This New Agey habit of assigning mysticism to things has also permeated modern expressions of older cultures. In the Sikh religion, leaving the hair long is simply a sign of respect for the perfection of God's creation. This is how God made you, with hair that grows, so leave it alone. This practice, called Kesh, is one of the "five K's" for observing Sikhism. It's pretty simple, and is not intended to mean anything more or less than it says. However, some modern Sikhs, particularly those who have come into the religion from outside seeking an alternative to Christianity, re-interpret Kesh to have some New Age meaning, saying that hair is a source of mystical energy. I've not found any authoritative source describing this, probably since it's outside of Kesh; so I can't conclude that Sikhism offers any claim that long hair gives you any sort of quantifiable advantage, Samson-like.

The same goes for Orthodox Judaism. The practice of letting the sidelocks and/or beard grow is not, in any way, supposed to confer any benefit upon the grower. The authorities for the practice come mainly from the Torah and the Mishnah. Digging for the original intended purposes of the idea for not cutting this hair is quite interesting, as there's no one reason. One of the reasons comes from a desire to simply have an appearance distinctive from other ethnic groups. Other reasons have to do with practices for dealing with the dead; there have been various traditions that involved giving offerings to the dead in the form of human hair, and not cutting your hair would demonstrate your rejection of this practice. But throughout the history of Judaism, there have been (and continue to be) a wide variety of regulations concerning hair. People in certain positions might be expected to have one type of hairstyle; some should shave on the Sabbath, some every 30 days; some should have particular treatment for their sidelocks or for their head hair or for their beards; sometimes razors should be used, sometimes only scissors. Hair in Judaism is far more complicated than simply "Orthodox Jews don't cut their hair," but in none of the traditions are any claims made for strength or power or any other tangible benefit.

Rastafarianism comes closest to belief that hair confers strength, but it's neither an organized religion nor a codified belief. The former King of Ethiopa, Haile Selassie, was revered by Rastafarians as the second coming of Christ, and he was known as the Conquering Lion of Judah. Lions have manes, and so the dreadlocks are symbolic of a lion's mane. By wearing dreadlocks, Rastafarians show their respect for Selassie. Some Rastafarians also cite Samson, who is sometimes depicted with dreadlocks, as an example of the strength conferred by long hair. However it's an informal belief, and probably not literally believed by any significant number of Rastafarians.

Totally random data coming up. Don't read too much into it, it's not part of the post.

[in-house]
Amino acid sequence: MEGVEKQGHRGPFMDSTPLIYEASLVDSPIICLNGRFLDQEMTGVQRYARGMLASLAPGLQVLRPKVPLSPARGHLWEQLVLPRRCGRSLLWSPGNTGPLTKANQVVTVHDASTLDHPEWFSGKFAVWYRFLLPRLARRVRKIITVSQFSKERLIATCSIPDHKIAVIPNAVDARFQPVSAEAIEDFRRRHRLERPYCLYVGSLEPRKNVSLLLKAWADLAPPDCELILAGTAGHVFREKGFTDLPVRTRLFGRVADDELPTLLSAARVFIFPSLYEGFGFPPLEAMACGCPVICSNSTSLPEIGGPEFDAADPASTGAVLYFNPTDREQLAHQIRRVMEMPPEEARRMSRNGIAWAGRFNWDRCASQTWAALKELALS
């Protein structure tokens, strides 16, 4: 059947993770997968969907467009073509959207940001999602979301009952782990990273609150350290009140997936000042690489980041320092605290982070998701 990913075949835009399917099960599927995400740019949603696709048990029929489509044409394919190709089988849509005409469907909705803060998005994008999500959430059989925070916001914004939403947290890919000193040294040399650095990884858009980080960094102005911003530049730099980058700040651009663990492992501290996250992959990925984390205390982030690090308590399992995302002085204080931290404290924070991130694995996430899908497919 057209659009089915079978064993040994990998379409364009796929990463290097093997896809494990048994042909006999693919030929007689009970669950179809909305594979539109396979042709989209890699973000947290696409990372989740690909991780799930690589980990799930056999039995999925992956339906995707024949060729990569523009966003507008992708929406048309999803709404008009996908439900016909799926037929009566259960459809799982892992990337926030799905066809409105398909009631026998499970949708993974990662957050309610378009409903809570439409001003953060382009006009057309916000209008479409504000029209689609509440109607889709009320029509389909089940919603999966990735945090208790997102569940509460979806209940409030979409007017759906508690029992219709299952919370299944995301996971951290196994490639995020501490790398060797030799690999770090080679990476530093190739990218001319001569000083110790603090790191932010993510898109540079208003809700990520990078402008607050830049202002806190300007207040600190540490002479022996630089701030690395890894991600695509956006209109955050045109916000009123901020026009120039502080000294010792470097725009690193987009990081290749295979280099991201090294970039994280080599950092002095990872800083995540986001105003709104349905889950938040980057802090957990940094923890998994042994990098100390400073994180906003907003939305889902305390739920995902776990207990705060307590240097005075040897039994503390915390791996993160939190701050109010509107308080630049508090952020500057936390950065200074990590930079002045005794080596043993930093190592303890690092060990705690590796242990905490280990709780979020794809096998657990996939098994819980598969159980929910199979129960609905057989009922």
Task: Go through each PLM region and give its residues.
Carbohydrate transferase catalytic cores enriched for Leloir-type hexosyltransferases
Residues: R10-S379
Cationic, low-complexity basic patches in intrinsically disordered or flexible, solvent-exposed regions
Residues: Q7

Seeking answers, I turned to that most authoritative of sources, Long Hair forums on the Internet. It does appear that a significant number of people who are sufficiently obsessed with their hair length that they go on the Internet to talk about it do believe there is a causal relationship between strength and hair, but in the other direction: long hair does not cause strength, but a strong, healthy person will have long, healthy hair. Some say that it shows strength to be willing to buck trends. Some regard it as a shield. Some say it gives them more self esteem. Some say it makes them appear physically larger and stronger.

And so, with apologies to Yogi Bhajan, there are no physiological mechanisms by which hair makes you stronger. Hair need not be an antenna for collecting cosmic energy. Hair need not be a conduit for vitamins or minerals or solar power or cosmic rays or anything else. Samson's hairstyle of choice need not have actually been the source of physical strength for it to have been a source of strength to him. There is no need to seek a physiological explanation here. People who want and have long hair feel better about themselves, as do people who want and have short hair, curly hair, no hair, red hair, or blue hair. To each his own, and may each of us make our own choices for our own sense of what we like about ourselves.


By Brian Dunning

Please contact us with any corrections or feedback.

 

Cite this article:
Dunning, B. "The Hair of Samson." Skeptoid Podcast. Skeptoid Media, 17 Dec 2013. Web. 3 Dec 2016. <http://skeptoid.com/episodes/4393>

 

References & Further Reading

Bartlett, R. "Symbolic Meanings of Hair in the Middle Ages." Transactions of the Royal Historical Society. 1 Jan. 1994, Series 6, Number 4: 43-60.

Gossai, H., Murrell, N. Religion, Culture, and Tradition in the Caribbean. New York: St. Martin's Press, 2000. 181-190.

Hinsz, V., Matz, D., Patience, R. "Does women's hair signal reproductive potential?" Journal of Experimental Social Psychology. 1 Jan. 2001, Volume 37, Number 2: 166.

Joseph, S., Najmabadi, A. Encyclopedia of Women & Islamic Cultures: Family, Body, Sexuality and Health, Volume 3. Boston: Brill Academic Publishers, 2005. 35.

Leach, E. "Magical Hair." Journal of the Royal Anthropological Institute. 1 Jul. 1958, Volume 88, Number 2: 147-164.

Li, L., Rutlin, M., Abraira, V., Cassidy, C., Kus, L., Gong, S., Jankowski, M., Luo, W., Heintz, N., Koerber, H., Woodbury, C., Ginty, D. "The Functional Organization of Cutaneous Low-Threshold Mechanosensory Neurons." Cell. 1 Jan. 2011, Volume 147, Number 7: 1615.

Young, C. "The Truth About Hair and Why Indians Would Keep Their Hair Long." Signs of the Times. SOTT.net, 8 Sep. 2011. Web. 16 Oct. 2013. <http://www.sott.net/article/234783-The-Truth-About-Hair-and-Why-Indians-Would-Keep-Their-Hair-Long>